RBC | If you’re headed to Mesa or Garfield counties to shop, socialize or relax during the upcoming holiday anytime soon, take some precautions so you don’t bring home more than you bargained for in the form of a highly contagious gastrointestinal virus.
An outbreak of norovirus—a virus that typically causes vomiting and diarrhea—has swept through an entire Grand Junction school district, prompting school closures until after the Thanksgiving holiday. The virus is extremely contagious for up to two weeks after infection and can live on surfaces for as long as 42 days.
The latest update from Mesa County Public Health issued on Friday, Nov. 22 reports an outbreak in a long-term care facility that has resulted in three hospitalizations. On Friday, Garfield County Public Health issued an advisory after receiving reports from childcare centers and workplaces about individuals with similar symptoms.
Because so many Rio Blanco County residents travel regularly to Mesa and Garfield counties, Rio Blanco County Public Health Director Alice Harvey is urging residents to be proactive and take precautions to avoid infection.
“If this virus is affecting schools, we know it is also affecting the community at large and it is a matter of time before the virus is introduced into our community,” said Rio Blanco County Health Director Alice Harvey via email.
The first symptoms of norovirus begin 12-48 hours after infection and include vomiting, diarrhea, nausea and stomach cramps.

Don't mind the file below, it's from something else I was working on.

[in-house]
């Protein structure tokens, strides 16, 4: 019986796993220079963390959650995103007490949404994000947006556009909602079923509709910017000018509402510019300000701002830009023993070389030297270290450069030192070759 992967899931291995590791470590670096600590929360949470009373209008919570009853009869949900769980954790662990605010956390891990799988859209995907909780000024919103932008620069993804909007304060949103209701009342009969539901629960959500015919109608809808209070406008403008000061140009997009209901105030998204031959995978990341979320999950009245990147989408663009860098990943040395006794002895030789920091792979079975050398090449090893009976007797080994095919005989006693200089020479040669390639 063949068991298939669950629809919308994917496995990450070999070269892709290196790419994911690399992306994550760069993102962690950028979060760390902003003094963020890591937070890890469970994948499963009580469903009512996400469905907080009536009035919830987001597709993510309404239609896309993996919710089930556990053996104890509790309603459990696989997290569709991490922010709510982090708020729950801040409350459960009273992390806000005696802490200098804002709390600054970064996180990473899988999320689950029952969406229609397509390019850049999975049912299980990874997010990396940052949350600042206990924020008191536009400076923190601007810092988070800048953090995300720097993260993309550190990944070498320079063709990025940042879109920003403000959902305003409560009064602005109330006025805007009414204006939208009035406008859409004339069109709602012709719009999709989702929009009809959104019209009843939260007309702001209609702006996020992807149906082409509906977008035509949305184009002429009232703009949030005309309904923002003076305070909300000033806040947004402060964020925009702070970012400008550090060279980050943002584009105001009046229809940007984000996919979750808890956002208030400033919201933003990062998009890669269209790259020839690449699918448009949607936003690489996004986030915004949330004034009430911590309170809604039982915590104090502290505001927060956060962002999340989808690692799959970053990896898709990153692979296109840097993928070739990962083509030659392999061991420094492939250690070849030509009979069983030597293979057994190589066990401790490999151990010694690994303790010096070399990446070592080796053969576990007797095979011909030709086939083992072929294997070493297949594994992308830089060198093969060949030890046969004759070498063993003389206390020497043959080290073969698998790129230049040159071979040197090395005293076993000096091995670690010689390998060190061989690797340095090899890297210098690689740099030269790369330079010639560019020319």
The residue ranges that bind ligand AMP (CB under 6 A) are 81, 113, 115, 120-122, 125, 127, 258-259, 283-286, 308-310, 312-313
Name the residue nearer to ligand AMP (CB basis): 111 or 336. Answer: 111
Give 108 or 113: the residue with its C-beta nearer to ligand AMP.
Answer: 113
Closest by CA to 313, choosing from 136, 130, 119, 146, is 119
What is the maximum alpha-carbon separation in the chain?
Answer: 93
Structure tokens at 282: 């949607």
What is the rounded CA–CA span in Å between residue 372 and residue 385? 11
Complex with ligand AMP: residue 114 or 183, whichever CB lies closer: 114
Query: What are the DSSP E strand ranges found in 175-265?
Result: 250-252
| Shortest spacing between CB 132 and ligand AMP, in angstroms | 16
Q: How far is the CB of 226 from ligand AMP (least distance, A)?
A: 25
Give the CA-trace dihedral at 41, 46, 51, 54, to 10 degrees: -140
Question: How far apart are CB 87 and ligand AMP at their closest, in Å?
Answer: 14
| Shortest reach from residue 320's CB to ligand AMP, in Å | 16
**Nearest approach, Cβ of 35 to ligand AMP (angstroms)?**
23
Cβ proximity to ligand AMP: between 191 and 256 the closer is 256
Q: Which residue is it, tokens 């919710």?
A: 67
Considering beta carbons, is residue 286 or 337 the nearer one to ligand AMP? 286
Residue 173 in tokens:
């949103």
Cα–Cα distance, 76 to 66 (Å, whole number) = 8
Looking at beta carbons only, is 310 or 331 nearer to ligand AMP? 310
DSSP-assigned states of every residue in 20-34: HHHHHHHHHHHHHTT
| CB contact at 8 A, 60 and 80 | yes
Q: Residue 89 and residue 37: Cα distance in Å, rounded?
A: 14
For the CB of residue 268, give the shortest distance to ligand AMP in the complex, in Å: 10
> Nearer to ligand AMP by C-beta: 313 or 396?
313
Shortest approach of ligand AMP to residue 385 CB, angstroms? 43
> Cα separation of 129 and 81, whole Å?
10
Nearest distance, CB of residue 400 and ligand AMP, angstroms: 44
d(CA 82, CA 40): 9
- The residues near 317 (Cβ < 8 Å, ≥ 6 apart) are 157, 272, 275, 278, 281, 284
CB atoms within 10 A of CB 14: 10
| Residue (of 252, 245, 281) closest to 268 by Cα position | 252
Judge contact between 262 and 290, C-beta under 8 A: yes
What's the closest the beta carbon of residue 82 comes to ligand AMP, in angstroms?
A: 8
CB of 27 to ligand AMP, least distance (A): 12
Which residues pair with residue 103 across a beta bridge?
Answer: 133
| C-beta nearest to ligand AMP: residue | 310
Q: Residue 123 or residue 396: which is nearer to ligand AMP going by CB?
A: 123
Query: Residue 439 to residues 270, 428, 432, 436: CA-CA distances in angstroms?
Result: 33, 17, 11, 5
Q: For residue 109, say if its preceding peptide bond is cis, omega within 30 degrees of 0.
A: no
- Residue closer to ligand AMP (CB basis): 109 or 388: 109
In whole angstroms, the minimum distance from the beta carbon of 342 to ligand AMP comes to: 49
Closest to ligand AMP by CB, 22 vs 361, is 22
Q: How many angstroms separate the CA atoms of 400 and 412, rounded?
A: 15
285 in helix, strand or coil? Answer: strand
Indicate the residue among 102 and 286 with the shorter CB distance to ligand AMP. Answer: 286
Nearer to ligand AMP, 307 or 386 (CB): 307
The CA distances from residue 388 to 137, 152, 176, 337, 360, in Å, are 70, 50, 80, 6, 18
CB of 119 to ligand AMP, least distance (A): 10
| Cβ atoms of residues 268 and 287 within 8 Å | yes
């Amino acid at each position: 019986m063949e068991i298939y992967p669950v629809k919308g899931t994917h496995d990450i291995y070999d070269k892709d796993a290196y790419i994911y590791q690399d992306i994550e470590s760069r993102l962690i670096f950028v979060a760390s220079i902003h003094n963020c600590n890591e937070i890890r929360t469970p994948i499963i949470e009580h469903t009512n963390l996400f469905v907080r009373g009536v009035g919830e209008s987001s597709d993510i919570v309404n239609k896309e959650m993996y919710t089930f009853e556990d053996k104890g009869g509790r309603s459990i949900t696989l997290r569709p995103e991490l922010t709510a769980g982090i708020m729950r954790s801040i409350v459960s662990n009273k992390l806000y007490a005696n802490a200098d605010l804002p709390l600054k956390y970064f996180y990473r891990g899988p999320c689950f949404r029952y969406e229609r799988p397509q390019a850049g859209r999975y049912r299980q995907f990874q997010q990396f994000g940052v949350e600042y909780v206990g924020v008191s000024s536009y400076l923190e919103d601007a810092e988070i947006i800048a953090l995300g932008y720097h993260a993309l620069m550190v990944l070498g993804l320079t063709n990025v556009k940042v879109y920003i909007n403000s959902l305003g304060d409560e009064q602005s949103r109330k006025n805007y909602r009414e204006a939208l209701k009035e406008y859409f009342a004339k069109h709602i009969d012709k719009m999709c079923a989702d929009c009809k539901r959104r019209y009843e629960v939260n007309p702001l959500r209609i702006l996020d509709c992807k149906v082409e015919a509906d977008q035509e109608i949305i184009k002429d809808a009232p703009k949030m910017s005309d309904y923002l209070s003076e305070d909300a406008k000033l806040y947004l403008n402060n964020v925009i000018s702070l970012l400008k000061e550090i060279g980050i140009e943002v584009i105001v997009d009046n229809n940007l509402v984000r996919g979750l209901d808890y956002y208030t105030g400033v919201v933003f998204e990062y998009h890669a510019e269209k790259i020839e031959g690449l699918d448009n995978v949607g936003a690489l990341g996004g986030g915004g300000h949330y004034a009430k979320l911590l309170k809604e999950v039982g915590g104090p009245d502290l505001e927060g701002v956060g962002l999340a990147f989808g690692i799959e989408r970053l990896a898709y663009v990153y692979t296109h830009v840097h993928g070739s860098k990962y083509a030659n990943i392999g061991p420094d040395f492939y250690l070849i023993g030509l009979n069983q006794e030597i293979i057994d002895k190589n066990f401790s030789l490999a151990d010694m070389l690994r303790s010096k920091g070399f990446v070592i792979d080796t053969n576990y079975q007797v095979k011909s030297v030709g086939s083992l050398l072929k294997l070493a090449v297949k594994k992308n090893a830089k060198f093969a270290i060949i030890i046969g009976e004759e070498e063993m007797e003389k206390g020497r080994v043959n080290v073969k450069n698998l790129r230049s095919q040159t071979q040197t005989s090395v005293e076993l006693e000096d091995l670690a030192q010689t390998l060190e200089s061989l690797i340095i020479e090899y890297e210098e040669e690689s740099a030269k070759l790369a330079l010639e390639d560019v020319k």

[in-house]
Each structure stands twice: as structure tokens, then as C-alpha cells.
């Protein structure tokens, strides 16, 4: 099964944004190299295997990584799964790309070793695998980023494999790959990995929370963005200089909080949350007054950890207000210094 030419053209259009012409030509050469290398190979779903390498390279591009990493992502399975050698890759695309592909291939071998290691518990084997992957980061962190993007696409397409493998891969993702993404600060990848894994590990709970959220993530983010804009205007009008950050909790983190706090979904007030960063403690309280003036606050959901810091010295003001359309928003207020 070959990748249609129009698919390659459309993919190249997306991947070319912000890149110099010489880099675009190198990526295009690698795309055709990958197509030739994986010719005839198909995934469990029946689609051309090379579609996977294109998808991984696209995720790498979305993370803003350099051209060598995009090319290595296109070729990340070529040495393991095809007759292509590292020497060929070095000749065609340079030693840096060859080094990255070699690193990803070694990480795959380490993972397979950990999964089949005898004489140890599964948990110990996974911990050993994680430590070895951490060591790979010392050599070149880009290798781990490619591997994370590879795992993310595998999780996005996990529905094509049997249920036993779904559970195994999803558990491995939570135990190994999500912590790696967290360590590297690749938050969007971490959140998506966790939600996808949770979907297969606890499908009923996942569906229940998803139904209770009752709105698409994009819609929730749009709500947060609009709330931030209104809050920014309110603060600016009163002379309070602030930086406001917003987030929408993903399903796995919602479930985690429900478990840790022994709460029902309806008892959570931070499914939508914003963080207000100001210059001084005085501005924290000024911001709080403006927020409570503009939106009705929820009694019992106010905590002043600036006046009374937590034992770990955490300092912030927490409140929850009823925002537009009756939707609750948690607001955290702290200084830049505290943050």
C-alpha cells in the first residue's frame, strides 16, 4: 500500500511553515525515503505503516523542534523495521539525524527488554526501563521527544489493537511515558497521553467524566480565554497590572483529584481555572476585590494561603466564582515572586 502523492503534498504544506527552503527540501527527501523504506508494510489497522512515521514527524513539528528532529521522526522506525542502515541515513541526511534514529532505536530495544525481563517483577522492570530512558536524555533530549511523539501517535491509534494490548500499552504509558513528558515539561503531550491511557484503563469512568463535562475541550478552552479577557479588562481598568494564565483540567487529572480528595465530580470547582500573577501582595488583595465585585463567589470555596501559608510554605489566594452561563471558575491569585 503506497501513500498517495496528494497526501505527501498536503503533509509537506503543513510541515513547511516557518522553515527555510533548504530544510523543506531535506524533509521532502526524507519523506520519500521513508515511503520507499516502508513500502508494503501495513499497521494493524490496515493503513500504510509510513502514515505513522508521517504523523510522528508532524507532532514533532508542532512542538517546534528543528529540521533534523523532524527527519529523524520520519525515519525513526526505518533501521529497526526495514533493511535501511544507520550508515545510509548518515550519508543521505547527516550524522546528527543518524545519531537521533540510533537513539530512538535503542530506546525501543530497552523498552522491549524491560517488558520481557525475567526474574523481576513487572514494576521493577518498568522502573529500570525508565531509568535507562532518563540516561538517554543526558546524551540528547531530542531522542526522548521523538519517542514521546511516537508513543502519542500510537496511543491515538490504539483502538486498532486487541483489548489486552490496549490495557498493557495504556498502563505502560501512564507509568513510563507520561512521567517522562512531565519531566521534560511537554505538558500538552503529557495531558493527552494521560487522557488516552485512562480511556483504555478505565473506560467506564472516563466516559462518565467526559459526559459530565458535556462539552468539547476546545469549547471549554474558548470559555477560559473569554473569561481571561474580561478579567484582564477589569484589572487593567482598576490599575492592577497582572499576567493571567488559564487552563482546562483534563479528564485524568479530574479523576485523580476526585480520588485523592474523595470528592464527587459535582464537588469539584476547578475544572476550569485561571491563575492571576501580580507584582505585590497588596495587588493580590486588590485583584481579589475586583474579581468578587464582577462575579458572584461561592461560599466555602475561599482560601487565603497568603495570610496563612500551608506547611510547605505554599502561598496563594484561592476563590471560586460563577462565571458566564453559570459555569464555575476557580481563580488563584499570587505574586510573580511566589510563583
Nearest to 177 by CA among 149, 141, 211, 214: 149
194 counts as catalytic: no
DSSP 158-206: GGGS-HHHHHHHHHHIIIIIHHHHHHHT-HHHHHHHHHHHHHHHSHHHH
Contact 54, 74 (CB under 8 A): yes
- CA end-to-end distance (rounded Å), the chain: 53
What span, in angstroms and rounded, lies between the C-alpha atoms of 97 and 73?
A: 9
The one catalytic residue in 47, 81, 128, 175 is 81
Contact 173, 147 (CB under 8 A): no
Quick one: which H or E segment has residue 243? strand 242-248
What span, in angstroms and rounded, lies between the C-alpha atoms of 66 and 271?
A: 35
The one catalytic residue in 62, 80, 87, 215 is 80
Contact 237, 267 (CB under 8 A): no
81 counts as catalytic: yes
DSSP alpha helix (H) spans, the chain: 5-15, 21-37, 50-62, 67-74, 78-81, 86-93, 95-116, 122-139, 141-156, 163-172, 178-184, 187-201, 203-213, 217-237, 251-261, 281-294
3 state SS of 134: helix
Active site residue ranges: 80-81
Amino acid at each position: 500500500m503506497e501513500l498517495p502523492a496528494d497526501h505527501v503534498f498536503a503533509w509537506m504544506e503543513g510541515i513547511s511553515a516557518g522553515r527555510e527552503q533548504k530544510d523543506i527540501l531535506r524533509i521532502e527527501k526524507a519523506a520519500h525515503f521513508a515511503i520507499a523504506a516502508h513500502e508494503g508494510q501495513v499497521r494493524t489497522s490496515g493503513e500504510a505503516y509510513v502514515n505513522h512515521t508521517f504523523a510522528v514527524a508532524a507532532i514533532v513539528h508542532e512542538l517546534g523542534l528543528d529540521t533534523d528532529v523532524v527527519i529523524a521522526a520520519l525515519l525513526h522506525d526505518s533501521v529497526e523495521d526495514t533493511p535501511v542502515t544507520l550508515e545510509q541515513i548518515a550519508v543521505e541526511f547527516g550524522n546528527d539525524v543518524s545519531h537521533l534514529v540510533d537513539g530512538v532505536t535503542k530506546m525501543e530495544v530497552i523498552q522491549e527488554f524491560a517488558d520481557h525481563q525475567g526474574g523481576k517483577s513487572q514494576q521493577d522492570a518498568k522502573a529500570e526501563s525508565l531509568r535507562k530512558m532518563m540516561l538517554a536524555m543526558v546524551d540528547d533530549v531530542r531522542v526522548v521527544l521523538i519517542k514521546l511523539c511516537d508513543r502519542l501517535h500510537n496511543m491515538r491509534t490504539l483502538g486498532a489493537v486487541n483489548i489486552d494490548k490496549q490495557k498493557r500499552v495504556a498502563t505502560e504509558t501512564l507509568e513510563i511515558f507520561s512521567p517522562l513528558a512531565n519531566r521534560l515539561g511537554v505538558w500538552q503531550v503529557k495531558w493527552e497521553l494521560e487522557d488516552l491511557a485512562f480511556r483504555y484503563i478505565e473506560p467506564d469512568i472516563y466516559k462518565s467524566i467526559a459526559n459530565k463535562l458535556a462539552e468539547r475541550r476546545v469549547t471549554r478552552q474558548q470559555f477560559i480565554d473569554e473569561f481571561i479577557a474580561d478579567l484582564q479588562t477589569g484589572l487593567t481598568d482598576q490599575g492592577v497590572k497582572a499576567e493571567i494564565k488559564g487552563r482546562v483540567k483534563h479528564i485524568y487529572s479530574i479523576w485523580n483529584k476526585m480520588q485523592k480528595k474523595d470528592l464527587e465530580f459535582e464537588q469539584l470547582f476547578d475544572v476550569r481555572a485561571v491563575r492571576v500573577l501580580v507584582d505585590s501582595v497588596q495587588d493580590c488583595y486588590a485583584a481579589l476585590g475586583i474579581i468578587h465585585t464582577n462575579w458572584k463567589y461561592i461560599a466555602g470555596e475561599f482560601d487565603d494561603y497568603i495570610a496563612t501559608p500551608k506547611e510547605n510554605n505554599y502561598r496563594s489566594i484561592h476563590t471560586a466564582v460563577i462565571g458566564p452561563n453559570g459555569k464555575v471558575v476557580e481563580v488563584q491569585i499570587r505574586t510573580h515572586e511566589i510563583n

“Rio Blanco County Public Health suggests that residents who feel they may have been exposed to norovirus or are experiencing active symptoms of norovirus to avoid public places, and do not return to work or school until you have been symptom-free for at least 48 hours,” Harvey said.
“Symptoms may last for 1-3 days; although most cases go undiagnosed and don’t require medical care, it is important to contact your medical provider if symptoms persist as dehydration is a potentially dangerous side effect. The virus spreads quickly from person-to-person, especially in group settings. It is important to frequently wash your hands with soap and water, disinfect potentially contaminated areas with bleach solution, and to not prepare food when ill with vomiting or diarrhea. Please call public health with any questions, 970-878-9520 (Meeker) or 9525 (Rangely).”